Review: “Baby Snakes” A Target For Revisionist Venom?  

Growing allegations of past inappropriate sexual behaviour by some members of the entertainment industry is starting to force fans to re-evaluate their former allegiances, with one idiosyncratic music documentary made by a true American maverick in the late 1970s now possibly facing similar treatment. Mark Fraser looks at a work which could come under fire for showing a convicted paedophile perpetrating a bad joke.

When the late Frank Zappa released his second major movie, Baby Snakes, in late 1979, he said it was about “people who do stuff that is not normal” and aimed at “weirdos that don’t particularly get off on car crashes ‘n’ famous names cavorting in the midst of multi-billion dollar splendour”.

One not-so-normal person who makes an appearance in the film is Roy Estrada, a Mexican-American bass player who had already established a healthy association with the rock star by the time Baby Snakes premiered in New York during December that year.

An original member of The Soul Giants, a southern Californian bar band which eventually – under Zappa’s autocratic leadership – morphed into The Mothers of Invention (MOI), Estrada played on all of the group’s first seven albums between 1966 and 1969 (eight if one counts a best-of compilation issued in 1969) before its original line-up was dissolved.

Years later, from late September 1975 until March 1976, Zappa re-employed him for a world tour that included Australia and Japan. Then, during October 1977, he brought Estrada on stage to perform during the last day of the Halloween concerts at New York’s Palladium – an event which is immortalised in Baby Snakes.

As part of the fun, the documentary shows some of the band’s backstage antics, with one of them now being undeniably disturbing when put in a contemporary context.

It involves Estrada “tormenting” a blow up female sex doll – a routine that includes him violently trying to ram its head down a bathroom sink hole.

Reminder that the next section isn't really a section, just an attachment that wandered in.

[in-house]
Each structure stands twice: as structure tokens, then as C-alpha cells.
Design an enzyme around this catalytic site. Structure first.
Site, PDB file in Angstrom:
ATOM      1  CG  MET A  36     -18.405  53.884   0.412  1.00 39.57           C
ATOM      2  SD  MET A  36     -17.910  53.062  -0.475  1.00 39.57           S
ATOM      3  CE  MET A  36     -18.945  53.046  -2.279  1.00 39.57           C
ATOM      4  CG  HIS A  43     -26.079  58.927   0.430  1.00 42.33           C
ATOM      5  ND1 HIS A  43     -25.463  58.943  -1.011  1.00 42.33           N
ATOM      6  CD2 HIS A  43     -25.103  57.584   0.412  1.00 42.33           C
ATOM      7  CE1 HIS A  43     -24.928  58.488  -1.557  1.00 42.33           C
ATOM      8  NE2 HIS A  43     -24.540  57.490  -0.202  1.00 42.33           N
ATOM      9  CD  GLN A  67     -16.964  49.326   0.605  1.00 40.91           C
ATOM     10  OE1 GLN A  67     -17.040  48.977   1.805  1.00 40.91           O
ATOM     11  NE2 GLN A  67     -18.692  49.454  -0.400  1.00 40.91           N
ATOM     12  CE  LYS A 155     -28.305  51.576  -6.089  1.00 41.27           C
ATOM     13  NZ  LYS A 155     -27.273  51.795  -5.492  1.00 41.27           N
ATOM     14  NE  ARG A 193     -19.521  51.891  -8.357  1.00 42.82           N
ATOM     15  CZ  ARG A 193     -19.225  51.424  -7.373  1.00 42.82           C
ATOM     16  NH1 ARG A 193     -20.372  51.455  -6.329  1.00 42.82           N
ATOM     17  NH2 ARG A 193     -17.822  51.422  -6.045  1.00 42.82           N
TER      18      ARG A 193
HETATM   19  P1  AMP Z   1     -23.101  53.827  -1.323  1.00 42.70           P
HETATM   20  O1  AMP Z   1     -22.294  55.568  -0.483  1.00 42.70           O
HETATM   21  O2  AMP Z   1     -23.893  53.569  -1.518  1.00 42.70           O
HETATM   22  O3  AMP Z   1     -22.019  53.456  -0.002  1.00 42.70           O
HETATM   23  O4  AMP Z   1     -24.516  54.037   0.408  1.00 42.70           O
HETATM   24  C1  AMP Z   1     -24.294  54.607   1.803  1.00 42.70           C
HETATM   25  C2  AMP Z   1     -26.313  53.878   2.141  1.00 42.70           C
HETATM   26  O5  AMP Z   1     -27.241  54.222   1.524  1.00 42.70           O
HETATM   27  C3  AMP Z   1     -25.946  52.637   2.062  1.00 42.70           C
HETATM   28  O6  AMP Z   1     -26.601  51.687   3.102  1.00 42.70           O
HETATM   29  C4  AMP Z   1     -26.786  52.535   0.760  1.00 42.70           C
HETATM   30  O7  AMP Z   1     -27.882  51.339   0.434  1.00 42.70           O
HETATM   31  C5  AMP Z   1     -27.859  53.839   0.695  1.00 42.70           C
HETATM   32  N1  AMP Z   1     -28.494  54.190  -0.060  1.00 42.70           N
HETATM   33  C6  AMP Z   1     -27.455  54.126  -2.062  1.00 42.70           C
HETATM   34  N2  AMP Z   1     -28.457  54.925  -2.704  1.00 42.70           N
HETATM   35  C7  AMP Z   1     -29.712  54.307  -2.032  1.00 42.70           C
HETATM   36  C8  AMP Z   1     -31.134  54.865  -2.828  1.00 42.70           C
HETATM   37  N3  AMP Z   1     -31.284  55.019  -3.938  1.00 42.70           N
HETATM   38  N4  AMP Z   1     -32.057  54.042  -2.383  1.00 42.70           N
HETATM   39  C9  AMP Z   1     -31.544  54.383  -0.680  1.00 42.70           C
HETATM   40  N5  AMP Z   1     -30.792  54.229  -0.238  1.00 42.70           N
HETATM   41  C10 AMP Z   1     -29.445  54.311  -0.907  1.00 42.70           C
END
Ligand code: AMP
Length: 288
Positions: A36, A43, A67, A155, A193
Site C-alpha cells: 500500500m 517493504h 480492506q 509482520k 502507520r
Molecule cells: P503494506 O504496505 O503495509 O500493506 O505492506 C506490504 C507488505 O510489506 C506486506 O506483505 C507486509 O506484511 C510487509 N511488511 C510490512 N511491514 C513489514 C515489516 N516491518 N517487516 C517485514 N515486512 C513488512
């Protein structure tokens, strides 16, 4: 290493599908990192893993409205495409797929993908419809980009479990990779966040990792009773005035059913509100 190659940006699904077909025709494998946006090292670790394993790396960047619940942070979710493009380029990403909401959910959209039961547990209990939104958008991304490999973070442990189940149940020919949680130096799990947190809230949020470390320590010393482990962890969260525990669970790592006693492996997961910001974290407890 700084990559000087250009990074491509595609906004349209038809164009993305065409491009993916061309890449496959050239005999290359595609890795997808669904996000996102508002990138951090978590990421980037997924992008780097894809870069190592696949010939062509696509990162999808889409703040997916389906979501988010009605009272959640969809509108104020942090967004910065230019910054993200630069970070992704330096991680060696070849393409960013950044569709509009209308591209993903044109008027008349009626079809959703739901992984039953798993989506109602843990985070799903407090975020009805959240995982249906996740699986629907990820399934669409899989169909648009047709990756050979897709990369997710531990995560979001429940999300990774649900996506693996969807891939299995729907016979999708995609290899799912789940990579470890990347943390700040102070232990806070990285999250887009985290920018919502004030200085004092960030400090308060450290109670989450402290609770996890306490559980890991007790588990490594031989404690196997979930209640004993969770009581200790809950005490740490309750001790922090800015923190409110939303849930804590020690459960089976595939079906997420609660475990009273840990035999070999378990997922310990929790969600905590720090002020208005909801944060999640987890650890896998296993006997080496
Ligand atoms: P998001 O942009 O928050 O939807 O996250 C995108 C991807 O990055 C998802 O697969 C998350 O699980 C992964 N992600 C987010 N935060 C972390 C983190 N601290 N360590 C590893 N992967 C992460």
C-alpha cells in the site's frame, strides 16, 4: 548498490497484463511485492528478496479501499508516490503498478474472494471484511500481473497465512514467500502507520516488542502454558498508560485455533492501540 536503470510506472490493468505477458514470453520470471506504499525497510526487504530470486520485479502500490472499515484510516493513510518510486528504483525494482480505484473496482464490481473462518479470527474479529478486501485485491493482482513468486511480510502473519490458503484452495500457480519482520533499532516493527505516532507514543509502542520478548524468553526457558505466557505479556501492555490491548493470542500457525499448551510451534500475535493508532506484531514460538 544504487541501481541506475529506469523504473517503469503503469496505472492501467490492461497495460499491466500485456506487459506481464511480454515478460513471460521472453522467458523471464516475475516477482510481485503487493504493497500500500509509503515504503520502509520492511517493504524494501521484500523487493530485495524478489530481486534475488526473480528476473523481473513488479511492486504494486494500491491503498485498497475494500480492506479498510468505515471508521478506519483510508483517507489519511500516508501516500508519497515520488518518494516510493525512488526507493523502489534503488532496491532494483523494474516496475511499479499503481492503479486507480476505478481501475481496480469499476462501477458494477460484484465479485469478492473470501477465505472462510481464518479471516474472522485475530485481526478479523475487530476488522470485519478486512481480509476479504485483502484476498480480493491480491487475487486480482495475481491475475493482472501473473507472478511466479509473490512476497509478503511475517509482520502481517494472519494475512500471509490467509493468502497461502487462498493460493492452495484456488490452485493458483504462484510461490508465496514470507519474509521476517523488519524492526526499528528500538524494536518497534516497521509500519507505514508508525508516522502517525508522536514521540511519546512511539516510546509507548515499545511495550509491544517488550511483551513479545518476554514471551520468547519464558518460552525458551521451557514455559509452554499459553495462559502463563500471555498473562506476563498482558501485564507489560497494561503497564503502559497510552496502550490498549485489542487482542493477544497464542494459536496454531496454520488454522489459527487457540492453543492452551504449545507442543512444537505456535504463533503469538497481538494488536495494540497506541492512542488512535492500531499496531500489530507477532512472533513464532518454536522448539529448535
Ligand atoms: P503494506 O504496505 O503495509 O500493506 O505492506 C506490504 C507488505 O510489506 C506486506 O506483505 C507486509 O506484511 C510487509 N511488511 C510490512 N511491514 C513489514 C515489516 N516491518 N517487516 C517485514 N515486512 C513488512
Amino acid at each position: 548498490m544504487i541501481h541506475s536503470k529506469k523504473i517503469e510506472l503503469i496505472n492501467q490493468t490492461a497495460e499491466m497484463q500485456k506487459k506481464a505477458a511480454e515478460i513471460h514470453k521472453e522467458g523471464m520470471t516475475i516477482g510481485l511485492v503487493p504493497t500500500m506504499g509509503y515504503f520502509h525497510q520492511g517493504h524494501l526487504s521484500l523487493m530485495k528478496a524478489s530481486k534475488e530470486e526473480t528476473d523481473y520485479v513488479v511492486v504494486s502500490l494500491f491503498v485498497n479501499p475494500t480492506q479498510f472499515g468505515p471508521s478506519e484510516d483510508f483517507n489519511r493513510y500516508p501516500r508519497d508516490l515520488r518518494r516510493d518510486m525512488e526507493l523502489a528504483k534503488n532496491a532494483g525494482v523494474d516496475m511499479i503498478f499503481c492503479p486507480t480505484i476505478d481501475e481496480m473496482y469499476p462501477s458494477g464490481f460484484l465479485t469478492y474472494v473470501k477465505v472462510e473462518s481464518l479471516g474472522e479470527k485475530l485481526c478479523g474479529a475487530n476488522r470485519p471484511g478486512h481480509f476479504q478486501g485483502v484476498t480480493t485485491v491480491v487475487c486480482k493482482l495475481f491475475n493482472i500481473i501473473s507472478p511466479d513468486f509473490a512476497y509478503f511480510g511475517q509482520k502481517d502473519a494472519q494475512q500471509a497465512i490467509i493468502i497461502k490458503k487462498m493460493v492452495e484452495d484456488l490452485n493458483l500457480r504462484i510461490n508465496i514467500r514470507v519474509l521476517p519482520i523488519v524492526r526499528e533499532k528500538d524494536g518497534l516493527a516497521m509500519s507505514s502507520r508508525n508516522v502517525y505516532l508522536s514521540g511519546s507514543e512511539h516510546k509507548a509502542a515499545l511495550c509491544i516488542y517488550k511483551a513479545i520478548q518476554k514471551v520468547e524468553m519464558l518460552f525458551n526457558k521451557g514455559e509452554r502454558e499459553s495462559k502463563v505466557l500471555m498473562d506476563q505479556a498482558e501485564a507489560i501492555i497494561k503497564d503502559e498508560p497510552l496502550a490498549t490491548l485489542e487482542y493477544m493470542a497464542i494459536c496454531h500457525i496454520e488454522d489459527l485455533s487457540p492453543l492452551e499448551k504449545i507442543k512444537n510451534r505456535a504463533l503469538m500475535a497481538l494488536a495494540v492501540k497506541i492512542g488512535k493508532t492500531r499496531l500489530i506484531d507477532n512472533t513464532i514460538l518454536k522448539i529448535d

Once upon a time this sort of thing wouldn’t have looked out of place in a Zappa movie. Aside from the fact some of his vocal material had been becoming increasingly smutty since 1970, part of his early notoriety was based on an incident in 1967 when he asked three marines attending an MOI show at New York’s Garrick Theatre to mutilate a big “gook” baby doll on stage – a piece of boundary-pushing live entertainment that failed to leave the audience laughing. Taking this into account, Estrada’s actions some 10 years later seem a bit tamer by comparison.

Nevertheless, more recent events have put all this into a different perspective; one that muddies Baby Snake’s legacy.

In December 1994, some 12 months after Zappa’s death, the then 51-year old Estrada was convicted of committing lewd acts with a child in California. As a result he served six years’ prison time. Then, during January 2012, he pleaded guilty to the continuous sexual abuse of a family member younger than 14 – this time in Texas back in 2008. As part of a plea bargain, Estrada was given 25 years with no parole. As it stands it is likely his life will end behind bars.

Broad implications

In wake of the renewed Michael Jackson paedophilia allegations – which has resulted in more fans turning their backs on the dead pop star and radio stations blacklisting his music – it’s very possible Estrada’s past behaviour has already rubbed off on some Zappa consumers and stifled their ability to enjoy not only Baby Snakes, but a significant amount of his other work as well.

Estrada didn’t just appear on the first eight MOI official releases – his name comes up on a number of Zappa albums issued before and after his death of prostate cancer in 1993.